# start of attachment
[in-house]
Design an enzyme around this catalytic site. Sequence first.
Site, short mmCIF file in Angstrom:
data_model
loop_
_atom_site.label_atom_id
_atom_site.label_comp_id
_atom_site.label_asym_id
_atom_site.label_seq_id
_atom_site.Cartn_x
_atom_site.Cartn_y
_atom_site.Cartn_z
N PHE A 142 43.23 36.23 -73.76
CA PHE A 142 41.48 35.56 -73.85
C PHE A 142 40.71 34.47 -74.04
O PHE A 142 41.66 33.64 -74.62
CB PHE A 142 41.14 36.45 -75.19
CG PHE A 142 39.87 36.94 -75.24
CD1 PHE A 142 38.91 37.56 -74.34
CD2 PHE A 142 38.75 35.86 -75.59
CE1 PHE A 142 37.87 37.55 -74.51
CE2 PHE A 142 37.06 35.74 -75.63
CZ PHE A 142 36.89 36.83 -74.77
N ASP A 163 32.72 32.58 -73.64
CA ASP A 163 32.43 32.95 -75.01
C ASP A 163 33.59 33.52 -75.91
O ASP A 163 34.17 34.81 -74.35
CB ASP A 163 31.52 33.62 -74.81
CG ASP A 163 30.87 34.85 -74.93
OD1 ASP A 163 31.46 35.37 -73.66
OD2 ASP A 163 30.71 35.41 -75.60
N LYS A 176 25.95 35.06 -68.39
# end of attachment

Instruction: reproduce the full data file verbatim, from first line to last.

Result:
[in-house]
Design an enzyme around this catalytic site. Sequence first.
Site, short mmCIF file in Angstrom:
data_model
loop_
_atom_site.label_atom_id
_atom_site.label_comp_id
_atom_site.label_asym_id
_atom_site.label_seq_id
_atom_site.Cartn_x
_atom_site.Cartn_y
_atom_site.Cartn_z
N PHE A 142 43.23 36.23 -73.76
CA PHE A 142 41.48 35.56 -73.85
C PHE A 142 40.71 34.47 -74.04
O PHE A 142 41.66 33.64 -74.62
CB PHE A 142 41.14 36.45 -75.19
CG PHE A 142 39.87 36.94 -75.24
CD1 PHE A 142 38.91 37.56 -74.34
CD2 PHE A 142 38.75 35.86 -75.59
CE1 PHE A 142 37.87 37.55 -74.51
CE2 PHE A 142 37.06 35.74 -75.63
CZ PHE A 142 36.89 36.83 -74.77
N ASP A 163 32.72 32.58 -73.64
CA ASP A 163 32.43 32.95 -75.01
C ASP A 163 33.59 33.52 -75.91
O ASP A 163 34.17 34.81 -74.35
CB ASP A 163 31.52 33.62 -74.81
CG ASP A 163 30.87 34.85 -74.93
OD1 ASP A 163 31.46 35.37 -73.66
OD2 ASP A 163 30.71 35.41 -75.60
N LYS A 176 25.95 35.06 -68.39